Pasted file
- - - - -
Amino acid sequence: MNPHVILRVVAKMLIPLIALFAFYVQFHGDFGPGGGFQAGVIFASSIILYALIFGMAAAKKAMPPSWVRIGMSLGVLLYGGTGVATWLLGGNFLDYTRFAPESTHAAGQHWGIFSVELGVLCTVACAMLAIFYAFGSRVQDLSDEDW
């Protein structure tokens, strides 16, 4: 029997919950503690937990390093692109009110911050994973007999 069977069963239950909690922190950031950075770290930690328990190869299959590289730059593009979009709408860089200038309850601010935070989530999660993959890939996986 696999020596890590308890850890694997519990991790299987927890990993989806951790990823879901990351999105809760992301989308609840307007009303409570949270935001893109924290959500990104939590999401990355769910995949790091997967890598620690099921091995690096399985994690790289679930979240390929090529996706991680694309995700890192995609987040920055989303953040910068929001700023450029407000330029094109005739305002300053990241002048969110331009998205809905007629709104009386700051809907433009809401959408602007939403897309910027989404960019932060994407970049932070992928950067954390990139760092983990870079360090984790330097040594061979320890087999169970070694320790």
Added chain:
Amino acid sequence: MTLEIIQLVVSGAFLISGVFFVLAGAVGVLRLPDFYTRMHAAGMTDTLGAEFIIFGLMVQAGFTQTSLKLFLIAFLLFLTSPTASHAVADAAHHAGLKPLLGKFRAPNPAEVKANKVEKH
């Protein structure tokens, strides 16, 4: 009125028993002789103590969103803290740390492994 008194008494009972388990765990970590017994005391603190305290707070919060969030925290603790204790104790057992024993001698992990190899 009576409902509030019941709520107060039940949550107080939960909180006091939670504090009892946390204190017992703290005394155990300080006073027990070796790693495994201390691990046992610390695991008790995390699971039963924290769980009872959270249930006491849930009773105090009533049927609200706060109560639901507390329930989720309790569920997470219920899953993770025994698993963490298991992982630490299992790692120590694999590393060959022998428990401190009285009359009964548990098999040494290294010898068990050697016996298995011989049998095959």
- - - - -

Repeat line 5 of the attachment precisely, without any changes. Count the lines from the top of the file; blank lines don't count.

């Protein structure tokens, strides 16, 4: 009125028993002789103590969103803290740390492994 008194008494009972388990765990970590017994005391603190305290707070919060969030925290603790204790104790057992024993001698992990190899 009576409902509030019941709520107060039940949550107080939960909180006091939670504090009892946390204190017992703290005394155990300080006073027990070796790693495994201390691990046992610390695991008790995390699971039963924290769980009872959270249930006491849930009773105090009533049927609200706060109560639901507390329930989720309790569920997470219920899953993770025994698993963490298991992982630490299992790692120590694999590393060959022998428990401190009285009359009964548990098999040494290294010898068990050697016996298995011989049998095959």